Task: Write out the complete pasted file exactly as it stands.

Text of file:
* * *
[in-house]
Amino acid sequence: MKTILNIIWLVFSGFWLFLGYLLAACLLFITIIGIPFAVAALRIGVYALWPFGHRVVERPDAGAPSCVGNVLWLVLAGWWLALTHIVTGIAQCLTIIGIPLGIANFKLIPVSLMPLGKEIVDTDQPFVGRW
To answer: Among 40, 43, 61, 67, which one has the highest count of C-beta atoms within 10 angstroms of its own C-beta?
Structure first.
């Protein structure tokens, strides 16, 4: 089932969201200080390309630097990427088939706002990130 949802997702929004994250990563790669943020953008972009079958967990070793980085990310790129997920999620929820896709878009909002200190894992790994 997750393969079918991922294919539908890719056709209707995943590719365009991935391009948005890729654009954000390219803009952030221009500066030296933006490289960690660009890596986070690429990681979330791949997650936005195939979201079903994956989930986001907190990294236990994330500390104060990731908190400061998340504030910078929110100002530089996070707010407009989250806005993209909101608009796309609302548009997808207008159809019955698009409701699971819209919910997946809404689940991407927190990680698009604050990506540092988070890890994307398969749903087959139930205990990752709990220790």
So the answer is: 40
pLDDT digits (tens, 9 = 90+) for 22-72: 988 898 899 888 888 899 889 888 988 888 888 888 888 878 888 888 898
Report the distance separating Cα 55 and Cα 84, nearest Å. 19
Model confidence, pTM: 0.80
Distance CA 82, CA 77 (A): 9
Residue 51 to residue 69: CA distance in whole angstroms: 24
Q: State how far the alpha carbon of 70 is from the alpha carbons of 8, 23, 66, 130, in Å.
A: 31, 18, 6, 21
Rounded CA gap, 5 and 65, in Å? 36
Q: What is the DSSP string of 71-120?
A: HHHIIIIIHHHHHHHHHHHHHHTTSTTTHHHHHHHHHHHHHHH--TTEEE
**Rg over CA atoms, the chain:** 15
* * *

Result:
[in-house]
Amino acid sequence: MKTILNIIWLVFSGFWLFLGYLLAACLLFITIIGIPFAVAALRIGVYALWPFGHRVVERPDAGAPSCVGNVLWLVLAGWWLALTHIVTGIAQCLTIIGIPLGIANFKLIPVSLMPLGKEIVDTDQPFVGRW
To answer: Among 40, 43, 61, 67, which one has the highest count of C-beta atoms within 10 angstroms of its own C-beta?
Structure first.
């Protein structure tokens, strides 16, 4: 089932969201200080390309630097990427088939706002990130 949802997702929004994250990563790669943020953008972009079958967990070793980085990310790129997920999620929820896709878009909002200190894992790994 997750393969079918991922294919539908890719056709209707995943590719365009991935391009948005890729654009954000390219803009952030221009500066030296933006490289960690660009890596986070690429990681979330791949997650936005195939979201079903994956989930986001907190990294236990994330500390104060990731908190400061998340504030910078929110100002530089996070707010407009989250806005993209909101608009796309609302548009997808207008159809019955698009409701699971819209919910997946809404689940991407927190990680698009604050990506540092988070890890994307398969749903087959139930205990990752709990220790």
So the answer is: 40
pLDDT digits (tens, 9 = 90+) for 22-72: 988 898 899 888 888 899 889 888 988 888 888 888 888 878 888 888 898
Report the distance separating Cα 55 and Cα 84, nearest Å. 19
Model confidence, pTM: 0.80
Distance CA 82, CA 77 (A): 9
Residue 51 to residue 69: CA distance in whole angstroms: 24
Q: State how far the alpha carbon of 70 is from the alpha carbons of 8, 23, 66, 130, in Å.
A: 31, 18, 6, 21
Rounded CA gap, 5 and 65, in Å? 36
Q: What is the DSSP string of 71-120?
A: HHHIIIIIHHHHHHHHHHHHHHTTSTTTHHHHHHHHHHHHHHH--TTEEE
**Rg over CA atoms, the chain:** 15